Friday, 13 November 2009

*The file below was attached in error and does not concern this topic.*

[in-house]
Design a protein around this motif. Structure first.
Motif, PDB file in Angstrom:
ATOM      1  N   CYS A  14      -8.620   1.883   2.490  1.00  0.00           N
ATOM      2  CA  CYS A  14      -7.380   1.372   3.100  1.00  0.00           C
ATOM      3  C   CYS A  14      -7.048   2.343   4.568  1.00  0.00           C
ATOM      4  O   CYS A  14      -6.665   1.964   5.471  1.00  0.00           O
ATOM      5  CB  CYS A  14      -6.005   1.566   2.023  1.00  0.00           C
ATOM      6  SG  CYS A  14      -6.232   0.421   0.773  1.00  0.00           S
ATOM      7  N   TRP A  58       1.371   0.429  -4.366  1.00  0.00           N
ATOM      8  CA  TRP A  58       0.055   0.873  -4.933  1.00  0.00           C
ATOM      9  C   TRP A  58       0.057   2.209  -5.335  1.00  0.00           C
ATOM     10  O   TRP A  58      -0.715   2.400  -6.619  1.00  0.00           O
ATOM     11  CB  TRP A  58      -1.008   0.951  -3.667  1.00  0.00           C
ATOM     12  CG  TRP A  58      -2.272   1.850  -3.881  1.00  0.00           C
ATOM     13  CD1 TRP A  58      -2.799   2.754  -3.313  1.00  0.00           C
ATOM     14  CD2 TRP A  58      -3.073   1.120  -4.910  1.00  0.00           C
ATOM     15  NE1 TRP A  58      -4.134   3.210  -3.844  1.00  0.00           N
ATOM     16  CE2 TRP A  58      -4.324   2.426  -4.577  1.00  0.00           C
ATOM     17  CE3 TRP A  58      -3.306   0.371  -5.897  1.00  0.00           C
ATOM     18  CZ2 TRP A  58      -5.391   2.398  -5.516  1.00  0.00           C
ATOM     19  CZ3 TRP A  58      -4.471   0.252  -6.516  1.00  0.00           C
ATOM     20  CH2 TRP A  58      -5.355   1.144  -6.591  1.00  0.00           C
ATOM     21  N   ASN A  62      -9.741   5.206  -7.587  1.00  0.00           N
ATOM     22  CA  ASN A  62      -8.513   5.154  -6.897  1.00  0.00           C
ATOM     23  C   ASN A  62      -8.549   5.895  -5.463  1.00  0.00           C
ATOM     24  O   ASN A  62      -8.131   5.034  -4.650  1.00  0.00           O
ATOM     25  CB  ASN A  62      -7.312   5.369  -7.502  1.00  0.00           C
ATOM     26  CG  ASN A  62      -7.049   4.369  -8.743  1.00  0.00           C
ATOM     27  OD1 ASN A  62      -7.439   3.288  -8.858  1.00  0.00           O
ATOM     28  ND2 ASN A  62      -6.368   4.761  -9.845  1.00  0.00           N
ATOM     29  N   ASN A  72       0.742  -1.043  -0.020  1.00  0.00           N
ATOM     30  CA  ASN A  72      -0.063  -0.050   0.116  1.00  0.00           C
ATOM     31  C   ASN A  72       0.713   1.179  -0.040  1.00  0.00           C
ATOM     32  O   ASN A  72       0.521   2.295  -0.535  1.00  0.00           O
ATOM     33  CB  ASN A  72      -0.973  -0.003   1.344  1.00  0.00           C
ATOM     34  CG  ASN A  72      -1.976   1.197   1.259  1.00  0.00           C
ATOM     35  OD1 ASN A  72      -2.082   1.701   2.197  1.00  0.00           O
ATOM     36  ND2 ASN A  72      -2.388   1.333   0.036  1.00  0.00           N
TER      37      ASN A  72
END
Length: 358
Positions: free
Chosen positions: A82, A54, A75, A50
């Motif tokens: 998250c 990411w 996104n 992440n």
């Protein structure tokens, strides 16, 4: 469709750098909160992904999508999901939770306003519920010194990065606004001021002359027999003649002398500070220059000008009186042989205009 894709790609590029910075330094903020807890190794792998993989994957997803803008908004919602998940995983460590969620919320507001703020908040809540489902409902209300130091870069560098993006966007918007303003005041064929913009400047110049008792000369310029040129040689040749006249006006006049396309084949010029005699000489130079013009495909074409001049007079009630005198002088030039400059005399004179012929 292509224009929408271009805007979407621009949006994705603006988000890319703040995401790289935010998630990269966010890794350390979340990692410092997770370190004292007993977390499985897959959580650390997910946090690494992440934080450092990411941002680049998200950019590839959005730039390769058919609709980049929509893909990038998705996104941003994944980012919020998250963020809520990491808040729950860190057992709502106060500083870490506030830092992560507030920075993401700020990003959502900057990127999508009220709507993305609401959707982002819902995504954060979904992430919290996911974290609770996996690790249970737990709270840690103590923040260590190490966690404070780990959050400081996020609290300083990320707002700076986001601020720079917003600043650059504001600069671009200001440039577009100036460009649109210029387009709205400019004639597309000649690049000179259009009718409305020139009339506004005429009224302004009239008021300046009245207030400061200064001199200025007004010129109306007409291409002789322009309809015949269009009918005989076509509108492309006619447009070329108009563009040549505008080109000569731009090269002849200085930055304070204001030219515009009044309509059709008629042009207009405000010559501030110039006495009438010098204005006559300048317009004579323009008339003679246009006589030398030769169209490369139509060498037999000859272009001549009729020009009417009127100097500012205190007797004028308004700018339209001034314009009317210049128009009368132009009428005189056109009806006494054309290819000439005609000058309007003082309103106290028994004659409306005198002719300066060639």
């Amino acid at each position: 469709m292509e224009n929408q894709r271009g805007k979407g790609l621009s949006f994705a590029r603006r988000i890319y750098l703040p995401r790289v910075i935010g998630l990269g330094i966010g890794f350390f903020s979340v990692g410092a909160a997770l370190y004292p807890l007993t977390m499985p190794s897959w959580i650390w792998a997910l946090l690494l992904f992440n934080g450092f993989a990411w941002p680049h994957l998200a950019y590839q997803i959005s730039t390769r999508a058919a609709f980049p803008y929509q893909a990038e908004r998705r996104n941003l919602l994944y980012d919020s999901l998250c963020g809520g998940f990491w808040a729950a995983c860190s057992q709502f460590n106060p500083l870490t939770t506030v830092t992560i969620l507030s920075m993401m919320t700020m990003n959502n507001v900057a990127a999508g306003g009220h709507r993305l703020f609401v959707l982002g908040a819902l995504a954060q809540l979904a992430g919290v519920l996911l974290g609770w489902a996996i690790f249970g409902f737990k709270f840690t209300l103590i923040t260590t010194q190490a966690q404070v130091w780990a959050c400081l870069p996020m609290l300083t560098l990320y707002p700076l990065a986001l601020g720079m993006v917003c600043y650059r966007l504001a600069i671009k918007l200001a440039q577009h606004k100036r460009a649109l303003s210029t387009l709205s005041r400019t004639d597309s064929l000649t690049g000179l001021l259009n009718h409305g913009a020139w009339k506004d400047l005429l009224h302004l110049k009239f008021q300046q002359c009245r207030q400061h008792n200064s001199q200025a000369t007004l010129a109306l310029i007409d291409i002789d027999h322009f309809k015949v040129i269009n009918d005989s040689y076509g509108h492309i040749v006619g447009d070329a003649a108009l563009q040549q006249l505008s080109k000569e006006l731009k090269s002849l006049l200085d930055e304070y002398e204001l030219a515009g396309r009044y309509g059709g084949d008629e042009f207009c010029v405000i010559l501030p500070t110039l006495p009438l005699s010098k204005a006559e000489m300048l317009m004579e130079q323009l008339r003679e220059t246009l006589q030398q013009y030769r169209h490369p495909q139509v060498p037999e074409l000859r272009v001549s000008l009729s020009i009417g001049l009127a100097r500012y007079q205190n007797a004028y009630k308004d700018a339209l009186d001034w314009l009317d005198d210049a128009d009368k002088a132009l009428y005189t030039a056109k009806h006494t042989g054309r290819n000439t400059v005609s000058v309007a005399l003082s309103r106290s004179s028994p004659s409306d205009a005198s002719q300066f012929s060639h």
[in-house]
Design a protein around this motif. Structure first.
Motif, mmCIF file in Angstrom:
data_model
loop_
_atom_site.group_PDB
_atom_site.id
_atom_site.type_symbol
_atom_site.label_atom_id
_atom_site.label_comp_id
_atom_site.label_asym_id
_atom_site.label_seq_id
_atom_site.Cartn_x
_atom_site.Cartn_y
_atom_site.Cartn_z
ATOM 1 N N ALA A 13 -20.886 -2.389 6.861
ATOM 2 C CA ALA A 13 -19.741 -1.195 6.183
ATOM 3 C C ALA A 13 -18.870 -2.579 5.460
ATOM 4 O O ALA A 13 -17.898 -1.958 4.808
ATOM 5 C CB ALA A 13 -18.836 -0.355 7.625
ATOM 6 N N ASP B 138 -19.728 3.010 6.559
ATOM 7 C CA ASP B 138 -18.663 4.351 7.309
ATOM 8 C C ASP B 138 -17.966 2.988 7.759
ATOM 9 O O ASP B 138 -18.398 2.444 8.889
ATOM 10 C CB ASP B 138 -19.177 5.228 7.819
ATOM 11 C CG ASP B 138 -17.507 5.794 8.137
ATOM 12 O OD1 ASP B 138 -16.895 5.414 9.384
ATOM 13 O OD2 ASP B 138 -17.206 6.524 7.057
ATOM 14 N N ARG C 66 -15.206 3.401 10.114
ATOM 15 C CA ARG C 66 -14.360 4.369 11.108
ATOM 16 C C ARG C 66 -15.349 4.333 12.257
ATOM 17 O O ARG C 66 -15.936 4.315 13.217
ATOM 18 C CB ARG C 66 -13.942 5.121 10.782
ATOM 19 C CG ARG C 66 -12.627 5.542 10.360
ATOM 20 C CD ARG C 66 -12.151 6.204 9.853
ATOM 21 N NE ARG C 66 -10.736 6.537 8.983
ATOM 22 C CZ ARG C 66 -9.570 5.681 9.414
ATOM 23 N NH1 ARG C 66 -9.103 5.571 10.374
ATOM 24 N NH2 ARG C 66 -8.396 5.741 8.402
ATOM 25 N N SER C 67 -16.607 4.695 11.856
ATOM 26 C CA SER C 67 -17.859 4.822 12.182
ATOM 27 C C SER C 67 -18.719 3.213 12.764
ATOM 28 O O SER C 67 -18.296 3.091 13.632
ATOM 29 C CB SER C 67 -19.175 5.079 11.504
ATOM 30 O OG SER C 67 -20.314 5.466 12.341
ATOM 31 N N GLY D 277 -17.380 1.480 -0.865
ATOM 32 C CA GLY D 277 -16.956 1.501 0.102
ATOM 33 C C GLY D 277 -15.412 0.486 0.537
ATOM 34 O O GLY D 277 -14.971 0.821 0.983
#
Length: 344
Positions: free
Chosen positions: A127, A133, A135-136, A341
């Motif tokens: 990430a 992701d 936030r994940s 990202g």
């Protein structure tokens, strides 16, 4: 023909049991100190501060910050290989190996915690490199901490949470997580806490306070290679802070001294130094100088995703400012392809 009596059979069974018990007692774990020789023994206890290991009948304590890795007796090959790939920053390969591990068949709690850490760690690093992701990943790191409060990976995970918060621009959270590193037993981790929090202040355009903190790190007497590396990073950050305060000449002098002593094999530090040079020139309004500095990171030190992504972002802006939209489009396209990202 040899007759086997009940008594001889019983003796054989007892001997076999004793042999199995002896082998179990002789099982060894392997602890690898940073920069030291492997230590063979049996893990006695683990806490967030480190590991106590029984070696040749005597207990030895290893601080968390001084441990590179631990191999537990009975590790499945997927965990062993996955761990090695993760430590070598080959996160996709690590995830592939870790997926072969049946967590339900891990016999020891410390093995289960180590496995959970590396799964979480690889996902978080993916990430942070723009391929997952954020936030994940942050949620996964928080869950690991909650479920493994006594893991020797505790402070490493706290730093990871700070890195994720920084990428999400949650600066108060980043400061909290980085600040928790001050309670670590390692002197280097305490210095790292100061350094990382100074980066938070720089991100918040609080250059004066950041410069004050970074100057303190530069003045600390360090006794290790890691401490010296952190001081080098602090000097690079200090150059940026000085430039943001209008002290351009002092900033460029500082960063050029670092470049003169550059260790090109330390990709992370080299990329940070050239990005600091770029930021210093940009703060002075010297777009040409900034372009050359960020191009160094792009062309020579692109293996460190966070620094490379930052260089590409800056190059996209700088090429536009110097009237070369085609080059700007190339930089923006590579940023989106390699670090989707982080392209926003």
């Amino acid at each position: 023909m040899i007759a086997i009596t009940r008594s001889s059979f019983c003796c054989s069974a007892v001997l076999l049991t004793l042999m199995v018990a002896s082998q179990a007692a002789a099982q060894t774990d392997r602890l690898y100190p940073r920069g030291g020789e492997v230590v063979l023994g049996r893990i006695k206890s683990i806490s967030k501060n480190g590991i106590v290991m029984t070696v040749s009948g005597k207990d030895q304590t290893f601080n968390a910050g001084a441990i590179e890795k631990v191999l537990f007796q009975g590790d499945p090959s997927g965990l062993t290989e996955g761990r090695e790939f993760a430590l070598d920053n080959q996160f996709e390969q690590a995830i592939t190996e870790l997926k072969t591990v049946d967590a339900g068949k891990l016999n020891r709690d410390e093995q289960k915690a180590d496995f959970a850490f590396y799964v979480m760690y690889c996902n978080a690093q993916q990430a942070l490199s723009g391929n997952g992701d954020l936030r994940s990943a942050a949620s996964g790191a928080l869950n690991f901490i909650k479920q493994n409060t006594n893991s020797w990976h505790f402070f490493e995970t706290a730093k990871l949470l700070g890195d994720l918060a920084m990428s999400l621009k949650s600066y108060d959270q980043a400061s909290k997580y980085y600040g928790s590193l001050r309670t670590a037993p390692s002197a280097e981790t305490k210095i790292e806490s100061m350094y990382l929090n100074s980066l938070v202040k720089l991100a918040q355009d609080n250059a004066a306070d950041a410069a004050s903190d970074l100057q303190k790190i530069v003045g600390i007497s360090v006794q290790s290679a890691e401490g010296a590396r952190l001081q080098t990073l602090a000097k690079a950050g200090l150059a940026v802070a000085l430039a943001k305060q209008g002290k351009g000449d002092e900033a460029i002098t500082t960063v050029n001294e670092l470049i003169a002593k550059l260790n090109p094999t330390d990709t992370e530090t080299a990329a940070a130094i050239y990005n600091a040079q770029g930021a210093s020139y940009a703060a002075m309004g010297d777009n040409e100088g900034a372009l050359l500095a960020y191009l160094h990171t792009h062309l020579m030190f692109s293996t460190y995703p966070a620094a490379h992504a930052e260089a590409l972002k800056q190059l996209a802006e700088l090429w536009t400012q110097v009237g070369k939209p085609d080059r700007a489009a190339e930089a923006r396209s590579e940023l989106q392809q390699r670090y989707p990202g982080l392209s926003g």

Short-term processes of erosion and accretion were recorded for salt marsh near the Fort Pulaski National Monument (Savannah, Georgia). Vertical sediment accumulation was measured daily over a one week period and mass accumulation was measured once for a complete 12 hour tidal cycle. The study area was approximately 329 square meters. Environments studied included vegetated and de-vegetated high and low marsh, an oyster shell ridge, sand deposits, and areas of exposed peat and mud. A series of transects were established across different marsh sub-environments and were marked by flags. Vertical accretion and erosion were measured at each site by measuring flag heights relative to the sediment surface and mass accumulation was measured by deploying 9 cm diameter sediment traps. The rates of vertical change and mass of sediment accumulation varied considerably in the different marsh sub-environments. The two maximum daily losses of elevation, -4.4 and -5.2 cm, were recorded at sandy sites. The greatest net accretion of 8.6 cm over the week-long study was also recorded at a sandy site. On the other end of the spectrum, daily and week-long cumulative changes of marsh surface elevation of 0 cm were recorded for numerous sites. The minimum and maximum average mass accumulation of sediment on the sediment traps over one tidal cycle was 0.46 g and 56.20 g, respectively, with both occurring at sandy sites. This high variability in sedimentation and erosion within the sandy areas may result from exposure to wave energy and lack of protection by vegetation. A base map of the study area was created through ArcGIS using data collected by GPS surveys. The map displays topography and the extent of each of the marsh environments represented in the study. This will facilitate comparison to prior measured areas of shell ridge deposits in this dynamic system that has seen net marsh loss over recent years. This information is vital since nearby cultural resources are at risk if erosion and marsh loss continue.
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